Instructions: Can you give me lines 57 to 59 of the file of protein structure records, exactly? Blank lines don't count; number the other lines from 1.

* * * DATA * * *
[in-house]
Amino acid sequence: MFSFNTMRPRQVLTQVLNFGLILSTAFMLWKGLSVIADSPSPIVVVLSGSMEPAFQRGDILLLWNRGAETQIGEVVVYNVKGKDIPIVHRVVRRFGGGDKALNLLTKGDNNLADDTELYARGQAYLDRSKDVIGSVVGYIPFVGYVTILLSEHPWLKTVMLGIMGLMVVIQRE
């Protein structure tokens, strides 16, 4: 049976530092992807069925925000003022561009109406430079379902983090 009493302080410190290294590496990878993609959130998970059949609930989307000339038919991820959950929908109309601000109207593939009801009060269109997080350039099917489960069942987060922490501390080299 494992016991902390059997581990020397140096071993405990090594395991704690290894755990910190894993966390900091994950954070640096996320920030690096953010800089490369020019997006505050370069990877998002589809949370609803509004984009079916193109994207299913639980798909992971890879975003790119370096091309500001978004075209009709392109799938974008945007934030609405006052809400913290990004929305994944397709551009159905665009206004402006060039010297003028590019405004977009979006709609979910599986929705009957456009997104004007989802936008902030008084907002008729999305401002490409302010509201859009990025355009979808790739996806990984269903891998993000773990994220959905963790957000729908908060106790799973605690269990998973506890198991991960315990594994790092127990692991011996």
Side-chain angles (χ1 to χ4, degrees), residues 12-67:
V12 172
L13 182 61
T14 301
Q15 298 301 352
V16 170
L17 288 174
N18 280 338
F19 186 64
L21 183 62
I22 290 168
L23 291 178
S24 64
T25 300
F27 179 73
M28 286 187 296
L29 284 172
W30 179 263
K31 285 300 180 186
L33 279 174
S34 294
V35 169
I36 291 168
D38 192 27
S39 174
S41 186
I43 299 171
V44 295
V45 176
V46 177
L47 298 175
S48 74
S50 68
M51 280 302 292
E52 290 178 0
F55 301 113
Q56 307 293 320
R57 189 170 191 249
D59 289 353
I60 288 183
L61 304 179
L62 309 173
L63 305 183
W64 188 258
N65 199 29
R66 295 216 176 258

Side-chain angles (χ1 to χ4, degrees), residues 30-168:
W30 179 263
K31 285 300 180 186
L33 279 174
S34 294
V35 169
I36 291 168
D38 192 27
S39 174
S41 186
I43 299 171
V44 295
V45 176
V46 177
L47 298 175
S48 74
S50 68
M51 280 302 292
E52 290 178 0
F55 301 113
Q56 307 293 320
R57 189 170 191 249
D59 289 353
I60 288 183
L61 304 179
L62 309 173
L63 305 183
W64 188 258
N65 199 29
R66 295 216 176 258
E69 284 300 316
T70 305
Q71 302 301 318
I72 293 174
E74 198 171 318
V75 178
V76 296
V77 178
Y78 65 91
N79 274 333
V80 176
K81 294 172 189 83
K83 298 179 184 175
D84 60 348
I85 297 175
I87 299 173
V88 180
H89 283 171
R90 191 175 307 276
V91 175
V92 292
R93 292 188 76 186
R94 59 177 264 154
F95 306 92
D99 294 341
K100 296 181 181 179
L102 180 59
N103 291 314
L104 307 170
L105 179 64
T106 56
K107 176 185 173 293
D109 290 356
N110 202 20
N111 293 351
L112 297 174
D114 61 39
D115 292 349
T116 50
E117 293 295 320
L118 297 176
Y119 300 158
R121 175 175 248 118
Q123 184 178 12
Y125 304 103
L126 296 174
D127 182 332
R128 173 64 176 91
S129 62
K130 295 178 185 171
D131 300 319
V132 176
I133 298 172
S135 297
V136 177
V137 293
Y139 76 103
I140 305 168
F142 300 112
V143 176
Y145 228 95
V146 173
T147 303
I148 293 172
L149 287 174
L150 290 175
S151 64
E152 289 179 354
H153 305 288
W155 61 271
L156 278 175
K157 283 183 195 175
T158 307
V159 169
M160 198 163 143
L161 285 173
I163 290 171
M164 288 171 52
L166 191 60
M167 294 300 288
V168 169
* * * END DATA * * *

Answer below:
D38 192 27
S39 174
S41 186